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Historical Milestones

The history of Ngee Ann Polytechnic (NP) could be traced back to 1963, when it started out as Ngee Ann College. Its founder, Ngee Ann Kongsi, had envisioned setting up a quality educational institution to link the Chinese-speaking community to its cultural roots during the colonial-rule era. The College had since morphed into a full-fledged polytechnic, a public institution overseen by an independent Council.

Five decades on, the Polytechnic has become a leading institution of higher learning, anchored on its core strengths of pioneering a broad-based and holistic learning approach, forging strategic alliances and providing enriching overseas experiences to prepare its students for a global workplace. The transformation of Ngee Ann Polytechnic has been a spectacular one, as evident in the key milestones recorded here.  

1960s 1963
Ngee Ann College was inaugurated on May 25, 1963. Located at the Teochew Building on Tank Road, the College offered four-year degree courses in three main areas: language, commerce and technology. The inaugural intake was only 116.  Singapore’s first female college principal, Professor Liu Yin Soon, was appointed to run the College.                         

1967
The College became a legal independent institution governed by a Council, and started offering engineering and commerce courses at diploma level in response to popular industrial demand.

1968
To reflect its expanded role and focus on technical education, the College changed its name to Ngee Ann Technical College.

The College moved from the Teochew Building at Tank Road to its Clementi campus.

1970s 1970
The degree courses were phased out.  So were Malay Language and Chinese Language Studies courses.

1971
English replaced Chinese as the College’s sole medium of instruction. In April, the College welcomed its first batch of non-Chinese students.

1972
The Business Orientation Programme was introduced to give students an insight into the working environment in industrial, commercial and other establishments.
1980s

1981
In 1981, a five-year Phase I campus expansion project took off the ground to cater to an accelerated increase in student enrolment.  Completed in 1986, the first phase covered construction of new buildings including laboratories, lecture theatres, four canteens, a sports complex, three residential apartment blocks and an eight-story administration building.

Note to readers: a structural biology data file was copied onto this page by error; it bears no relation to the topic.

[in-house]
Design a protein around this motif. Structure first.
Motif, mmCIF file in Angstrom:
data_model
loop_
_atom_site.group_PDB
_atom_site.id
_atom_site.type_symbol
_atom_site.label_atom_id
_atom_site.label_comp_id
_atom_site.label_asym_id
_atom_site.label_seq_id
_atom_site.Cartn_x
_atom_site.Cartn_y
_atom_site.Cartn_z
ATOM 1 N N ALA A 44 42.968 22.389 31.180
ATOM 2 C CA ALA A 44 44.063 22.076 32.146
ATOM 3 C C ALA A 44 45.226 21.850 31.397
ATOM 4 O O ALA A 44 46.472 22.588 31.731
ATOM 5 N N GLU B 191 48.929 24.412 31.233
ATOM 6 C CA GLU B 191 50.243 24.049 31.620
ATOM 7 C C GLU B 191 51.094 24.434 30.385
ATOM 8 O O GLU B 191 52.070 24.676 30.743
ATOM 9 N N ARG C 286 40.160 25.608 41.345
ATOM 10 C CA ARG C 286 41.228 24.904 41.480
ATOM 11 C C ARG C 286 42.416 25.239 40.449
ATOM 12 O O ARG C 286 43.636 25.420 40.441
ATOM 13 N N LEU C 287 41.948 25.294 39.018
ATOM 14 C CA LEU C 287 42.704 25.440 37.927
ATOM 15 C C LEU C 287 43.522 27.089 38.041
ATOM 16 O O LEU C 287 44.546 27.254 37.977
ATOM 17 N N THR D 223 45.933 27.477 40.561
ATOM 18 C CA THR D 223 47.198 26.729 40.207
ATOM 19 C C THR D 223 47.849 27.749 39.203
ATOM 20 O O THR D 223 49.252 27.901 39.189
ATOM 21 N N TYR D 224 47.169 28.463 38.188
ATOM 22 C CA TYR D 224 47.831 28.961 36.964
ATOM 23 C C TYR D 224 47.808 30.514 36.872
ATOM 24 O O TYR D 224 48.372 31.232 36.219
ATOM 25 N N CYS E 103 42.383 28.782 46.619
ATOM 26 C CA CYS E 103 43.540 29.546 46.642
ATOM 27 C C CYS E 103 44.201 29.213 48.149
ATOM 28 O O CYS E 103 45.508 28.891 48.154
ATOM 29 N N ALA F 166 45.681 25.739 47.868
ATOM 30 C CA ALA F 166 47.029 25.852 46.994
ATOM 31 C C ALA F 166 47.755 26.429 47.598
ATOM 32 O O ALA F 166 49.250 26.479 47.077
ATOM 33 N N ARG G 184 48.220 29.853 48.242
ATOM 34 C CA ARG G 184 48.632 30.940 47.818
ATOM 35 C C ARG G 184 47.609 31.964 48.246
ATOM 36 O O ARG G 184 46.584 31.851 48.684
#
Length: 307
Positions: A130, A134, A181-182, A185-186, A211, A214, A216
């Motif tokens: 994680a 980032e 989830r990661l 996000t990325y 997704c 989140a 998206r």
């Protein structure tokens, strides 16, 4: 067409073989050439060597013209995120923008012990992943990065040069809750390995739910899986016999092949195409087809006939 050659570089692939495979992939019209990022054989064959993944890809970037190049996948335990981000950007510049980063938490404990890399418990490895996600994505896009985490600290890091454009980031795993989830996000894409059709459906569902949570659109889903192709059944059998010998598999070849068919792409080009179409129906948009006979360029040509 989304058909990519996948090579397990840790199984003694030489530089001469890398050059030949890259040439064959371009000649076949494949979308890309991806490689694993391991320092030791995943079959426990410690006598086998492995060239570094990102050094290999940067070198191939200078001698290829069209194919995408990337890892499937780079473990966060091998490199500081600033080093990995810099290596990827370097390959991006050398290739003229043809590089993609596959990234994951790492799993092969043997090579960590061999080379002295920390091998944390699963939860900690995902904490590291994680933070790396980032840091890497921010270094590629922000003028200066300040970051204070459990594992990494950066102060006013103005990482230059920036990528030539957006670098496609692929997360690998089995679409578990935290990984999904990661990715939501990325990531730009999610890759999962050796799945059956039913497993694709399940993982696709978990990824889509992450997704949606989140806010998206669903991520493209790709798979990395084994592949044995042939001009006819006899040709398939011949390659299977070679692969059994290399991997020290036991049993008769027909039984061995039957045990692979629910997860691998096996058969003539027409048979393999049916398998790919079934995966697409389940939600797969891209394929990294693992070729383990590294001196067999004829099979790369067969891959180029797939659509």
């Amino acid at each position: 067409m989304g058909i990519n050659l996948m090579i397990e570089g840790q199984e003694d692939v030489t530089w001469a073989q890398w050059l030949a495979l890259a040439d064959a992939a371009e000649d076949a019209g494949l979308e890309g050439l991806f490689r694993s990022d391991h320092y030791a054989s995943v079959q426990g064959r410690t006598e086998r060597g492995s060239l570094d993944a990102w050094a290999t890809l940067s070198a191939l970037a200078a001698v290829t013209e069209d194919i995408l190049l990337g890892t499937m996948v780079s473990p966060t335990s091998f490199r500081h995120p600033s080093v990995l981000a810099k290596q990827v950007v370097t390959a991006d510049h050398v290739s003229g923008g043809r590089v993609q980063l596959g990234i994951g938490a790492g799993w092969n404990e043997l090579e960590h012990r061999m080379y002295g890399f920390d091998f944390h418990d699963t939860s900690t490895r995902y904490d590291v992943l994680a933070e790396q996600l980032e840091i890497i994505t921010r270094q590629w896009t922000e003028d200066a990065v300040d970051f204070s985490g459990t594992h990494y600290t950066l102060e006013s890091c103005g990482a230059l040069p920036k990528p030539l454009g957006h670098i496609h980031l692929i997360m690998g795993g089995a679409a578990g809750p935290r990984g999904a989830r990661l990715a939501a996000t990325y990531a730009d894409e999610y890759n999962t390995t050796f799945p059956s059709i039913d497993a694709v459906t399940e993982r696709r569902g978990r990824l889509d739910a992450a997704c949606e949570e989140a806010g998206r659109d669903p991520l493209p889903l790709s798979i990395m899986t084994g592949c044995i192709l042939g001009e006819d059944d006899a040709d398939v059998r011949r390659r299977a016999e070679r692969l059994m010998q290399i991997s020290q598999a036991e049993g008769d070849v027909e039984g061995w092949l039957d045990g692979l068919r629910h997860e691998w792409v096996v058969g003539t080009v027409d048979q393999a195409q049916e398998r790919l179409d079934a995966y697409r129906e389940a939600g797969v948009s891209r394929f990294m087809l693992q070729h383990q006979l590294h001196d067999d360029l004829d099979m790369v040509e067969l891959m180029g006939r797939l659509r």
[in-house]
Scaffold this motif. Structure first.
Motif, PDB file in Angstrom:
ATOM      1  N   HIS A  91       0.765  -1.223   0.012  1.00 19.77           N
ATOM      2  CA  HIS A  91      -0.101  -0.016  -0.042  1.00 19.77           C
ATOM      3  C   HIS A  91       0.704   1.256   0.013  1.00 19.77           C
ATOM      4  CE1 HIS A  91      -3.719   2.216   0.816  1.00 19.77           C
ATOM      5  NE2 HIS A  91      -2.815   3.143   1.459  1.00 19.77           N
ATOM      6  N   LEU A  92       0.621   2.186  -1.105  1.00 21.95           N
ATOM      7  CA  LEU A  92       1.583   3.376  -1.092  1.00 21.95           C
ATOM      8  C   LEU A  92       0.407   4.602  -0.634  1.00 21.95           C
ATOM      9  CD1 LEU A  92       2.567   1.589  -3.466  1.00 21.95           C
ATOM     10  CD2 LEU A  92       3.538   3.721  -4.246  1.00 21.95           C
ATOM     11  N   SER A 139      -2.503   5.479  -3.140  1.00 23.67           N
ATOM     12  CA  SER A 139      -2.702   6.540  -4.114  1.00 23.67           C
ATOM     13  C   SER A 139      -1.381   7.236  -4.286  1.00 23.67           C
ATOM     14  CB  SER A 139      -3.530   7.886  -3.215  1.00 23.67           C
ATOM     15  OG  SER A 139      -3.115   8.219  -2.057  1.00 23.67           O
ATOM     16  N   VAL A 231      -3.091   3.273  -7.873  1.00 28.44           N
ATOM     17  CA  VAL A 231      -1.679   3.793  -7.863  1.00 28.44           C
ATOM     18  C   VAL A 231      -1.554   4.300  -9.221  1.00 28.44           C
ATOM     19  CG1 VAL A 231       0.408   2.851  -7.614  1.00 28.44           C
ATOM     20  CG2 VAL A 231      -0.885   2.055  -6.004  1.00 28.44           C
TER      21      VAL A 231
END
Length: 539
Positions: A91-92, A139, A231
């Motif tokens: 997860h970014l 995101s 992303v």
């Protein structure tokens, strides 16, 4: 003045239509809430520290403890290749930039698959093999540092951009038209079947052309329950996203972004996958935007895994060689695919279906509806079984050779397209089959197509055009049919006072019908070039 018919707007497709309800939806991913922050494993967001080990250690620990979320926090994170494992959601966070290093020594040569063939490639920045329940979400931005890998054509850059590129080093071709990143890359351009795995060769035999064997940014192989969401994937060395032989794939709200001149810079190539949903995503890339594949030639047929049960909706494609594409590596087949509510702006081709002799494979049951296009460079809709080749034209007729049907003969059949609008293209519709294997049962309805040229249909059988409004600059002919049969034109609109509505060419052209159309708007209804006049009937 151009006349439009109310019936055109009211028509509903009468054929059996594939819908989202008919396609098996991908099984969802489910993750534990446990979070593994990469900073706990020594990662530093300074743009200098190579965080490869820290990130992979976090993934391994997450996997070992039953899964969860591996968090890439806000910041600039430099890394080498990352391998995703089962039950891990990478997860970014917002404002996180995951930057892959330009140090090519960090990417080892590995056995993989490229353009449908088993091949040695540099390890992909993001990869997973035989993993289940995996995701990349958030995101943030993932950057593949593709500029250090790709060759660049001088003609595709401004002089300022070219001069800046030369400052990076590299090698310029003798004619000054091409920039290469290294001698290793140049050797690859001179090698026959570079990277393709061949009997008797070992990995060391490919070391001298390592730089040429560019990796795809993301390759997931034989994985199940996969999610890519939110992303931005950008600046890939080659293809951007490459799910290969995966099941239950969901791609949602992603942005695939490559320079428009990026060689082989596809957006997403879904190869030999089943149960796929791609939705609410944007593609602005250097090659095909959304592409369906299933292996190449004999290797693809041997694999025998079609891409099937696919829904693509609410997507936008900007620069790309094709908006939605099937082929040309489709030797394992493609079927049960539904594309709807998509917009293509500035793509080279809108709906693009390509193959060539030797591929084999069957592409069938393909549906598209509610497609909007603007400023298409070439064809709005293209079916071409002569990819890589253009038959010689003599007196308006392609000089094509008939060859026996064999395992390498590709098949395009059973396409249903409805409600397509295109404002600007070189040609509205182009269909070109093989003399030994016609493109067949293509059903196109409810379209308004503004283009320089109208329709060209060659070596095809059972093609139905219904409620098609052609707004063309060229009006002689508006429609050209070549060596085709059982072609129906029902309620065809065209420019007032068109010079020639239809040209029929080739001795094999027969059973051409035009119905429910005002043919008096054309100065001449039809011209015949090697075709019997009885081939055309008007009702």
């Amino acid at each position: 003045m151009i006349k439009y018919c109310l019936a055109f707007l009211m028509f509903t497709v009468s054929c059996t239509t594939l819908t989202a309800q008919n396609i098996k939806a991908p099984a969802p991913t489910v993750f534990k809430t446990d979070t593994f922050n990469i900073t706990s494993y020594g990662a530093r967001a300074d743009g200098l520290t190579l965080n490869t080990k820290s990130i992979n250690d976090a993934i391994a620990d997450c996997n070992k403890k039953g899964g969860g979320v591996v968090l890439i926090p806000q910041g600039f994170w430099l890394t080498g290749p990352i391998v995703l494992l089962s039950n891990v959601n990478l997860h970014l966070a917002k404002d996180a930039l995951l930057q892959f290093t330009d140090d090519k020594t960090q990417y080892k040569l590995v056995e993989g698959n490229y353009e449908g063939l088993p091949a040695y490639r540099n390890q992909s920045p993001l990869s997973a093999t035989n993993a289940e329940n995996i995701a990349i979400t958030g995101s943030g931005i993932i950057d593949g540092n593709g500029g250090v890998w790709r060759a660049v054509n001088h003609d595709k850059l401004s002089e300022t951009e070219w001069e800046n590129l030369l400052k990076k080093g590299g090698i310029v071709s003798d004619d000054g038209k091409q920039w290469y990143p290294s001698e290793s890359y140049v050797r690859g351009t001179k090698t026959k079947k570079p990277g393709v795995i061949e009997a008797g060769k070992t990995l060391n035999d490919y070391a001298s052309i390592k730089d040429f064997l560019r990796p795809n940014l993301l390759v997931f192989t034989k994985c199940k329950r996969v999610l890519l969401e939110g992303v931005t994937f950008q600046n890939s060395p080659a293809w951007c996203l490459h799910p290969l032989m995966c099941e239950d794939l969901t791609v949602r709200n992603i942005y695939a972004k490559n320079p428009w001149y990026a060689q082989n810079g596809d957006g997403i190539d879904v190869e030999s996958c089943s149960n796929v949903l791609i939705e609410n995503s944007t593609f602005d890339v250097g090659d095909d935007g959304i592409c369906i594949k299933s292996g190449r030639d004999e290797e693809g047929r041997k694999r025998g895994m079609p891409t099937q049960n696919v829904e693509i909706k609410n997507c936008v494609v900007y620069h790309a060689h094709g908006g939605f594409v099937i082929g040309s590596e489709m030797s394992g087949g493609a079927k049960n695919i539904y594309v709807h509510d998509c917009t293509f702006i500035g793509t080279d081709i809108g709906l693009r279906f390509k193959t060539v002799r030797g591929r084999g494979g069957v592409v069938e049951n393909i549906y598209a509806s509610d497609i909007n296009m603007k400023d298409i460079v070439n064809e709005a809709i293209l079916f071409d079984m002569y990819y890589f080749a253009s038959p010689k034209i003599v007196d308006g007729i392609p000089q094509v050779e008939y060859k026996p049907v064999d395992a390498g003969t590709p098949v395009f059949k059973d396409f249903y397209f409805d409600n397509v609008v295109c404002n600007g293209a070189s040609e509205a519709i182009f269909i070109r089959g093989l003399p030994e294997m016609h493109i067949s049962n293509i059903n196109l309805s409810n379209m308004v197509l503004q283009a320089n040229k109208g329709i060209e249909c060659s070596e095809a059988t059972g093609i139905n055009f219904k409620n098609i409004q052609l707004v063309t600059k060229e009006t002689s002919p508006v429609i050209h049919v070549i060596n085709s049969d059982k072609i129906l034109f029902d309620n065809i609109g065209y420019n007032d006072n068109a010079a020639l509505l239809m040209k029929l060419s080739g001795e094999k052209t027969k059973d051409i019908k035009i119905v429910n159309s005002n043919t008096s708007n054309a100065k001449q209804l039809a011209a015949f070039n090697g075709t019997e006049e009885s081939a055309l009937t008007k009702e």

1982
To reflect its expanded role in providing quality education, the college’s name was changed to Ngee Ann Polytechnic (Ngee Ann). Courses were also revised to promote practical and hands-on training.

1981
In 1981, a five-year Phase I campus expansion project took off the ground to cater to an accelerated increase in student enrolment.  Completed in 1986, the first phase covered construction of new buildings including laboratories, lecture theatres, four canteens, a sports complex, three residential apartment blocks and an eight-story administration building.

1985
The Continuing Education Centre (now renamed as CET Academy) was set up to provide a platform for postgraduates and working professionals to further their education and upgrade their skills.

1986
NP embarked on Phase II campus expansion that added new facilities such as teaching blocks. Two subsequent phases were rolled out in 1990 and 1992.

1988
NP celebrated its 25th anniversary. By then, its enrolment surpassed the 10,000-mark. The late president Mr. Ong Teng Cheong planted a Tembusu tree to mark the occasion. Celebrations culminated in the planting of a time capsule by Dr. Tay Eng Soon, to be unearthed in 2013.

 


Ngee Ann College at Tank Road


The then PM Lee at the inauguration ceremony of Ngee Ann College

1990s

1993
NP's Human Resource Office started the International Fellowship and Visiting Lecturer Scheme, a move which has since attracted lecturers from UK, US, Australia, Japan, New South Wales, China and India.

1994
After the successful completion of Phase IV campus expansion, the Polytechnic’s continuous drive to provide quality facilities saw its move to a new phase of upgrading the campus environment and its existing facilities.  The Phase 1 campus redevelopment programme kicked off in 1994. It was during this phase that the iconic building named The Octagon was built. 

1999
The Polytechnic was the first of its kind to launch Mobile e-Learning, integrating a notebook ownership scheme, a wireless campus network and an e-learning platform.

NP was accorded the prestigious Singapore Quality Class Award.

2000s  

2001